It is time to listen to that voice of wisdom that delights in us as we heard in the first reading. Many scholars say that Jesus was attuned to this voice of wisdom and that much of his teaching was influenced by the wisdom traditions of ancient Israel. Instead of domination and greed, Jesus speaks of God as one who welcomes all to the table, who acknowledges the least among us, who is the sower of seed, and the protector of birds and children. This God invites us to live into the rhythm of life, not to dominate creation, but to join in the harmony of creation and learn to treat it as a gift.

Jesus brings a new dimension of God to our consciousness. Brian McLaren describes this as the difference between God A and God B. God A is the macho ruler whose power and will drives all into submission; God B, Jesus' view of God, is of a "unified, eternal, mysterious, relational community/family/ society/entity of saving Love." Jesus came with a message of the Kingdom of God, a Kingdom unlike all the imagined kingdoms we humans have relished. In this Kingdom all will receive a living wage instead of half the world that lives on $2 a day. In this Kingdom all will be invited to the palace for a feast, instead of the few who can afford to eat sumptuously. In this Kingdom children will be prized as gifts to cherish, instead of fodder for violence or consumption. As McLarne puts it, "When greed and consumerism are exposed, when arrogance and irreverence are unplugged, when hurry and selfishness are named and repented of, when the sacred-secular rift in our thinking is healed, the world and all it contains (widows, orphans, trees, soil) are revalued and made sacred again."

Wisdom calls and delights in the human race. There are no chosen people, privileged people, special people; the God who brought them to life delights in all people. Trinity Sunday is an invitation to expand our image of God to see fully the "human face of God in Jesus" and to join with Jesus in the Spirit filled community that is about the care and sustaining of all of creation. (Note what some of our members are doing about our care for the environment as they suggest new ways to manage how we enjoy food and refreshments and consider attending "An Inconvenient Truth" this Saturday.)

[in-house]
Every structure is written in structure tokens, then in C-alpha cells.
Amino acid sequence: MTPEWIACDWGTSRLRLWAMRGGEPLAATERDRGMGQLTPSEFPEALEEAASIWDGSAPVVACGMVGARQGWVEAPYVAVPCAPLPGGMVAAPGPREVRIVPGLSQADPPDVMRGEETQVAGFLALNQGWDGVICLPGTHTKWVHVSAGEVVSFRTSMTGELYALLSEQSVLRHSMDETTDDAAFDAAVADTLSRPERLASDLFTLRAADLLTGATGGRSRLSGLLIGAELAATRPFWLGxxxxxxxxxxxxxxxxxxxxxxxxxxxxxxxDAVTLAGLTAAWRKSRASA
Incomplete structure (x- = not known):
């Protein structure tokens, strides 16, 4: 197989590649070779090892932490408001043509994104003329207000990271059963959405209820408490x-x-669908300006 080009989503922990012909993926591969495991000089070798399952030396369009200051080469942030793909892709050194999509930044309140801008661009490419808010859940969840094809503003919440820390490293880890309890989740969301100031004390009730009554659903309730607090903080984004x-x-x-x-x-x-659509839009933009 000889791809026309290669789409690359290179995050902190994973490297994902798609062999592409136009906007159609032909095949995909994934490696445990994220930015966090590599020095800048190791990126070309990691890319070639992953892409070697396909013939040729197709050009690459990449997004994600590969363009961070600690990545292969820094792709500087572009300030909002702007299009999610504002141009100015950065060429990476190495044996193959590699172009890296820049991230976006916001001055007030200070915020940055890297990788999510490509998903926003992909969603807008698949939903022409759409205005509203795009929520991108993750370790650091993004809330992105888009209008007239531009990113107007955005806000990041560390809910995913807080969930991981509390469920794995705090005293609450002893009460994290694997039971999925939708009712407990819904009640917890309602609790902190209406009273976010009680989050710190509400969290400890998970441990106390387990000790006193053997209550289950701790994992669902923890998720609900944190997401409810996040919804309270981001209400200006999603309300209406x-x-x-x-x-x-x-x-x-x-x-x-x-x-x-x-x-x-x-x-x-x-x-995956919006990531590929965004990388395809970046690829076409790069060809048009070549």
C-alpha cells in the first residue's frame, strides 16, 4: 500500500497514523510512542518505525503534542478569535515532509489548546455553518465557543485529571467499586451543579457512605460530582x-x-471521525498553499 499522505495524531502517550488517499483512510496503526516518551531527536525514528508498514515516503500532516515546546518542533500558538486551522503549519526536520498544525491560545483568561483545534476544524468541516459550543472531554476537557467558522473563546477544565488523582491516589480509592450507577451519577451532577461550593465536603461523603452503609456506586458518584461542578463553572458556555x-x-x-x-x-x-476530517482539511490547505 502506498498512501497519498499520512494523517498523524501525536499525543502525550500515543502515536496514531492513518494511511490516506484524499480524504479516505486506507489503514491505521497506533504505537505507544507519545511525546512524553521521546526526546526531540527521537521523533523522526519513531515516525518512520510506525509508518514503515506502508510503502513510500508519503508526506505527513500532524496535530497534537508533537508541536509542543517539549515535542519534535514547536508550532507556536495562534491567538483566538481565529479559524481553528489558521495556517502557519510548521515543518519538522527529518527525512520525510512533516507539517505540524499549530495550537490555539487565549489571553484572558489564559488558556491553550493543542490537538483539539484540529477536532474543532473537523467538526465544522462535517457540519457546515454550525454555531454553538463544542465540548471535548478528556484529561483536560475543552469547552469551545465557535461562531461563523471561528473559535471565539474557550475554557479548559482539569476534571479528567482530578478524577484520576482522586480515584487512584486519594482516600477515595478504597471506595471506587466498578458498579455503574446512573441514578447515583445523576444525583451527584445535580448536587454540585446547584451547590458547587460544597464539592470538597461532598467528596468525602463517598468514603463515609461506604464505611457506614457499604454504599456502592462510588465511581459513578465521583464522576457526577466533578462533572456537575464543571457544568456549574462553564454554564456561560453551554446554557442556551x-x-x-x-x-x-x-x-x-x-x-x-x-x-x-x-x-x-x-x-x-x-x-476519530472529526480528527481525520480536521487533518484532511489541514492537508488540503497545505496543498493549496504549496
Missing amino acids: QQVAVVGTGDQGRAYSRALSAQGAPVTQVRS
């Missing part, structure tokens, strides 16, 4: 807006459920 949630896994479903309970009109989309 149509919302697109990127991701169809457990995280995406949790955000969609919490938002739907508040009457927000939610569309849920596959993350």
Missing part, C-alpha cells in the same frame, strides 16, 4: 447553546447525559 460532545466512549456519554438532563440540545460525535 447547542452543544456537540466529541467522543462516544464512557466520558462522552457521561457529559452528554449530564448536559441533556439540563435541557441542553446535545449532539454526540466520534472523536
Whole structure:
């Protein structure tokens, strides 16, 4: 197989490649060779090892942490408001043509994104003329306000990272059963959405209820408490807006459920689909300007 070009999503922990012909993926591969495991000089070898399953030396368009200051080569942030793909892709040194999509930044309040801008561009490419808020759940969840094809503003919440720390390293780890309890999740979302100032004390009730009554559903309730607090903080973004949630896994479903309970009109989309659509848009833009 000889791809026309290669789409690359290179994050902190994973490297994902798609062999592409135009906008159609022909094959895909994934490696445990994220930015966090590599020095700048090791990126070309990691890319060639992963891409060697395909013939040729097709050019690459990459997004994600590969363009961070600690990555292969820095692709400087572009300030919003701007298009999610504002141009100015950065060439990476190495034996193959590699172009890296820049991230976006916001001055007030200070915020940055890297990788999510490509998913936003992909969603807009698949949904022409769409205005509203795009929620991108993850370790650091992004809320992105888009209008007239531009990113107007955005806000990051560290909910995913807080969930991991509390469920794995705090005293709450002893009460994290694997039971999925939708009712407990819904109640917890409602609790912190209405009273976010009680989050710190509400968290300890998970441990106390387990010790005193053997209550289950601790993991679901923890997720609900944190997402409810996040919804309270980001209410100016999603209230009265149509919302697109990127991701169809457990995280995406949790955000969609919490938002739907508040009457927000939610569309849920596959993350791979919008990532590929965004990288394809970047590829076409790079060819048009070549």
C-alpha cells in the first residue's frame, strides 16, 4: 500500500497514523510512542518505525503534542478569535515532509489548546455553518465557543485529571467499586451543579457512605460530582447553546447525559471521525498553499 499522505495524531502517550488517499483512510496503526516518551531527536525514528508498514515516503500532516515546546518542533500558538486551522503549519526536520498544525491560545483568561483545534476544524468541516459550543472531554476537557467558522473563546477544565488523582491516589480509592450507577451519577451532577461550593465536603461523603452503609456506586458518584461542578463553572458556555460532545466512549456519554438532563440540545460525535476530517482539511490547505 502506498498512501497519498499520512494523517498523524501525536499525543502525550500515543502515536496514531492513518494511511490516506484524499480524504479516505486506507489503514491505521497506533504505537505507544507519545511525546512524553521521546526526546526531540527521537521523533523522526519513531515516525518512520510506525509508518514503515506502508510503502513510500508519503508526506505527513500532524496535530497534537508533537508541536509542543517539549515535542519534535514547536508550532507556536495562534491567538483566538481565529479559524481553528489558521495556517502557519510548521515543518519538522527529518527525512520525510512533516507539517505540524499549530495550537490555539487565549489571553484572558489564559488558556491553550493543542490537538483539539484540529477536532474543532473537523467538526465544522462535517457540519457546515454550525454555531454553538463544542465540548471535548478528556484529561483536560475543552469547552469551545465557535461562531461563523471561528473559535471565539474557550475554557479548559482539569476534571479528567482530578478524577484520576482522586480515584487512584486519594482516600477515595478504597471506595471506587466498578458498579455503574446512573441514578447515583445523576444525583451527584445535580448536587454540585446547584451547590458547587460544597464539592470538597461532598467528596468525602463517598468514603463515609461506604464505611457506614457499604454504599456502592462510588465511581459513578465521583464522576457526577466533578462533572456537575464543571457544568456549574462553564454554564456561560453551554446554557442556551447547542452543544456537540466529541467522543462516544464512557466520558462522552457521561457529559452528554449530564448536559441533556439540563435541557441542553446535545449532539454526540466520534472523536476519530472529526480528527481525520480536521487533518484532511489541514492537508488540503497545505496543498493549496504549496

William Wordsworth meditates on our place in nature in a poem called Lines Written in Early Spring. He writes about the "thousand blended notes" he hears and sees as nature abounds all around, and then he writes these sobering lines:

And much it grieved my heart to think

What man has made of man.

Trinity Sunday is about the expansive vision of God who is at once present in the humanity of Jesus and in the Spirit filled communities that seek to renew and care for all of creation. For people who meet God in this threefold manner the church is not about who is in, or who is out, it is not about creating a safe haven of like-minded people, it is about meeting God who is abroad in the world seeking and saving the lost, it is about a shared commitment to the Millennium Development Goals, and is about embodying the same love for people and creation that we see in Jesus, the Son of God and that we see in the renewing power of those Spirit filled communities among us. Blessed be the name of the Holy Trinity. Amen.

Sunday, May 27, 2007

Let Everyone Who Hears Say Come

Easter 7, May 20, 2007
Acts 16:16-34;
Rev 22:12-14, 16-17, 20-21;
John 17:20-26
Psalm 97
The Rev. Mary Ann Brody


Isaiah says, Get you up to a high mountain, O Zion, herald of good tidings; lift up your voice with strength, O Jerusalem, herald of good tidings, lift it up, do not fear; say to the cities of Judah, "Here is your God! … He will feed his flock like a shepherd; he will gather the lambs in his arms, and carry them in his bosom, and gently lead the mother sheep. (Is 40:9-10a, 11) Isaiah says also to us, lift up your voice with strength, O Rochester, herald of good tidings, lift it up, do not fear.

I spent most of my childhood afraid of the city. I grew up in a suburb outside Pittsburgh, PA. My father worked in the city and took the bus in and out every single day. Life in our suburb was safe, which implied that the city wasn't. I walked or rode my bike just about everywhere I wanted to go from home, but not to the city. During the day the city was filled with people working downtown, or shopping in the stores. Sometimes I would ride the bus down to shop at Gimbel's or Kaufmann's department stores around Christmas time. I'd meet my Dad and ride the bus home with him before dinner.